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Should you or your kids keep a cell phone pressed against your heads for hours?

No.

[Note: This post is slightly off-topic, but it is in response to a comment on an earlier thread. I hope it useful for my readers.]

I was asked on the previous radiation thread “Do you advise members of your family to take the train rather than fly? Get rid of their cell phones …?” and “What kinds of radiation do you consider dangerous?” Well, of course I advise people to take the train if possible. Even ignoring the issue greenhouse gas emissions, have you flown a plane recently? Indeed, by the time oil hits $200 a barrel, which may be just a couple years away, air travel will be both expensive and unpleasant.

The radiation people should worry the most about is ionizing radiation, “highly-energetic particles or waves that can detach (ionize) at least one electron from an atom or molecule.” Beta particles, neutrons, alpha particles, X-rays, gamma rays,and some UV — this is what most people think about when they worry about radiation. But that doesn’t mean you shouldn’t worry about non-ionizing radiation, like microwaves or extremely low frequency (ELF) electromagnetic radiation.

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On the specific matter of cell phones, I don’t have to advise members of my family, since my cousin Louis Slesin, runs “Microwave News: A report on non-ionizing radiation,” which Time magazine has called “meticulously researched and thoroughly documented,” and Fortune magazine has called “the most authoritative journal on ELF fields and health.”

So, should your kids (or you) keep a cell phone pressed against the side of their heads for hours at a time? I wouldn’t and I don’t — and I won’t let my daughter when she grows up. You can get advice from the University of Pittsburgh Cancer Institute Based on Advice from an International Expert Panel. They note: “Electromagnetic fields from cell phones are estimated to penetrate the brain especially in children.”

“Model estimate of the absorption of electromagnetic radiation from a cell phone based on age (Frequency GSM 900 Mhz) (On the right, color scale showing the Specific Absorption Rate in W/kg).”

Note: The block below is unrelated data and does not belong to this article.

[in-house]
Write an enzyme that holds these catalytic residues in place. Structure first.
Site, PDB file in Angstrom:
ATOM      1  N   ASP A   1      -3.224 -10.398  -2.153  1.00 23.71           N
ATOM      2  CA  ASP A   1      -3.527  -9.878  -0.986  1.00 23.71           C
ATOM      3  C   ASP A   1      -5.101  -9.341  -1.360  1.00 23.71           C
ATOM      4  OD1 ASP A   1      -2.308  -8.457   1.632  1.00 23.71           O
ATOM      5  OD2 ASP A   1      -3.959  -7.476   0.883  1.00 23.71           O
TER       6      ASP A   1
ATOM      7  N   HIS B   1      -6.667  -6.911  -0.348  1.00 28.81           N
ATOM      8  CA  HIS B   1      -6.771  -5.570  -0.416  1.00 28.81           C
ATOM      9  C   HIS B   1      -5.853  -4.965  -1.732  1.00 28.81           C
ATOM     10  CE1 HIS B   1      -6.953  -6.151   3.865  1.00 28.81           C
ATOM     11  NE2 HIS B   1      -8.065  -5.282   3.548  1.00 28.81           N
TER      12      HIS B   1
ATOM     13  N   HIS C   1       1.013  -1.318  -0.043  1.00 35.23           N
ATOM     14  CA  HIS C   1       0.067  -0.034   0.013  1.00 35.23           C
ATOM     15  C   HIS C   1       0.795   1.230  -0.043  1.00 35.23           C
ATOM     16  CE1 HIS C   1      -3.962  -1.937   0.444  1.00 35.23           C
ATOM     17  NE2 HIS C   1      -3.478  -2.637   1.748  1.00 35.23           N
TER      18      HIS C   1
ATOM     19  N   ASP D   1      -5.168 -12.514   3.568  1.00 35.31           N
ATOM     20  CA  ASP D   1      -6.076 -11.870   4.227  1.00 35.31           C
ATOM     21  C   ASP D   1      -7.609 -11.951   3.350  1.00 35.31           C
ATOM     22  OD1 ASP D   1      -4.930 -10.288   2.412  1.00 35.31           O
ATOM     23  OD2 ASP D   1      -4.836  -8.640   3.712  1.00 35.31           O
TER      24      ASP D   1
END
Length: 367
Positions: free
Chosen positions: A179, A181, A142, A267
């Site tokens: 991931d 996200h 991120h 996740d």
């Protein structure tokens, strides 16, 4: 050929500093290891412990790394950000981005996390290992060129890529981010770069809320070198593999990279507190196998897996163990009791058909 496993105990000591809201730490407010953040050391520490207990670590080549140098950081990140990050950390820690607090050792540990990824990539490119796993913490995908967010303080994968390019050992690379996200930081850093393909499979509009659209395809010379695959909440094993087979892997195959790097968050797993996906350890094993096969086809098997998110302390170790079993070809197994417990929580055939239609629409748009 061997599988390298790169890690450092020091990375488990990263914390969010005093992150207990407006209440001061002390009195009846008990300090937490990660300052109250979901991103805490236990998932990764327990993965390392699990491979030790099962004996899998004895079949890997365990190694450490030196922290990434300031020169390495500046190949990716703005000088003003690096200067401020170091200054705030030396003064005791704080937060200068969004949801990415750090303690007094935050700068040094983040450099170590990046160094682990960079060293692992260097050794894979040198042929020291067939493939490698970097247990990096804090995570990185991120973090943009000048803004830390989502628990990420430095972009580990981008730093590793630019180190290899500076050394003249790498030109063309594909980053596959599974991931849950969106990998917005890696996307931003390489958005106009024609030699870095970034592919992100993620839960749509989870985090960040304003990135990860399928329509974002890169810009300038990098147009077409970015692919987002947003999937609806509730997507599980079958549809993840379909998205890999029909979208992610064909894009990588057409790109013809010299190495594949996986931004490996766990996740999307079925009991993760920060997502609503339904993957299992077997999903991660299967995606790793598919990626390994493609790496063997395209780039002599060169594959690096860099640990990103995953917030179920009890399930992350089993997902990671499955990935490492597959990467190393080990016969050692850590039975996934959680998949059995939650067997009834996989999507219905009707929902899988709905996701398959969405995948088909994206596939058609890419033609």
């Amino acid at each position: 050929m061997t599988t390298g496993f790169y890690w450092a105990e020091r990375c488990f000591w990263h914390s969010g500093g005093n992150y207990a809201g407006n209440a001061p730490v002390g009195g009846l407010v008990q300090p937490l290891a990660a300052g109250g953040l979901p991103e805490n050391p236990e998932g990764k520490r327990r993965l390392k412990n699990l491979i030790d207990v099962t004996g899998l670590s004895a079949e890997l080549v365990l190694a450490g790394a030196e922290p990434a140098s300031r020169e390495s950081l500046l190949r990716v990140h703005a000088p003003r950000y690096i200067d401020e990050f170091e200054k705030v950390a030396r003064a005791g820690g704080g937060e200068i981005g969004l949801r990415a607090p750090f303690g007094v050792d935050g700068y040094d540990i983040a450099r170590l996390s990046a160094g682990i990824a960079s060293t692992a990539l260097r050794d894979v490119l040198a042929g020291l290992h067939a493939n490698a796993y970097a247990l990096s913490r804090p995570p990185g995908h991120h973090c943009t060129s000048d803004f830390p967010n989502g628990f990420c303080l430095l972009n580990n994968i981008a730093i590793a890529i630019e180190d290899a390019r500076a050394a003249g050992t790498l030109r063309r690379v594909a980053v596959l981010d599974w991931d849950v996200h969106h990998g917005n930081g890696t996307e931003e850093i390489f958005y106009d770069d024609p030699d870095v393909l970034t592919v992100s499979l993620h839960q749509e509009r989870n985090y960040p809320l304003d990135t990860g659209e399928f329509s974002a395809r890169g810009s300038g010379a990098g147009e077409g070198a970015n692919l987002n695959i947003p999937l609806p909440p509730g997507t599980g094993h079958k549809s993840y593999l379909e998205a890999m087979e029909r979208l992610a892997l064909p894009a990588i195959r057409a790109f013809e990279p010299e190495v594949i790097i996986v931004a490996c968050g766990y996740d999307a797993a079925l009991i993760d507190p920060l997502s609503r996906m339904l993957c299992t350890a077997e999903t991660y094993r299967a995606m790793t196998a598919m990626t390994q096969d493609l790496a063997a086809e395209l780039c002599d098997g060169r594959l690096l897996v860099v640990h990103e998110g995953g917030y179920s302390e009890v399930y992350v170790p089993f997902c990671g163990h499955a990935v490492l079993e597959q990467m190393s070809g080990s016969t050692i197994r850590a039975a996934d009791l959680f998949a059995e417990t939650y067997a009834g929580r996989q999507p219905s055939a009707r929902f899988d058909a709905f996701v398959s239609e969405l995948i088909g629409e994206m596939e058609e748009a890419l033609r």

CNN’s medical correspondent interviewed a number of experts, including Slesin, and offer “5 tips to limit your cell phone risk,” which I excerpt:

1. Use the speakerphone

This was, without question, the favorite alternative of the experts I talked to….

2. Use a wired headset with a ferrite bead

No, this is not a piece of jewelry. A ferrite bead is a clip you put on the wire of a headset….

3. Use a Bluetooth earpiece

A Bluetooth earpiece still has radiation, but it’s at least 100 times less than the radiation you get when you hold a cell phone to your head…. [And don’t keep it on your ear all the time since,] “when you’re not talking; it still sends out a signal.”

4. Use a “hollow tube” earpiece

It’s just like a regular wired earpiece, except the last six inches or so — the part next to your ear — is a hollow tube. There’s no wire under the plastic.

5. Get a phone with less radiation

Phone radiation is measured in specific absorption rate, or SAR. To look up the SAR for your phone, check CNET.com.

I would also recommend switching ears from time to time if you do have the phone pressed against your head.

I am fortunate in that I work at home, so I don’t need to use a cell phone very often.

You can choose to ignore the risks, of course, but from my perspective, I think the science is more than strong enough to raise concerns, and the measures needed to minimize risk are trivial.

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For more information or to stay up to date on all things microwave, go to “Microwave News: A report on non-ionizing radiation.”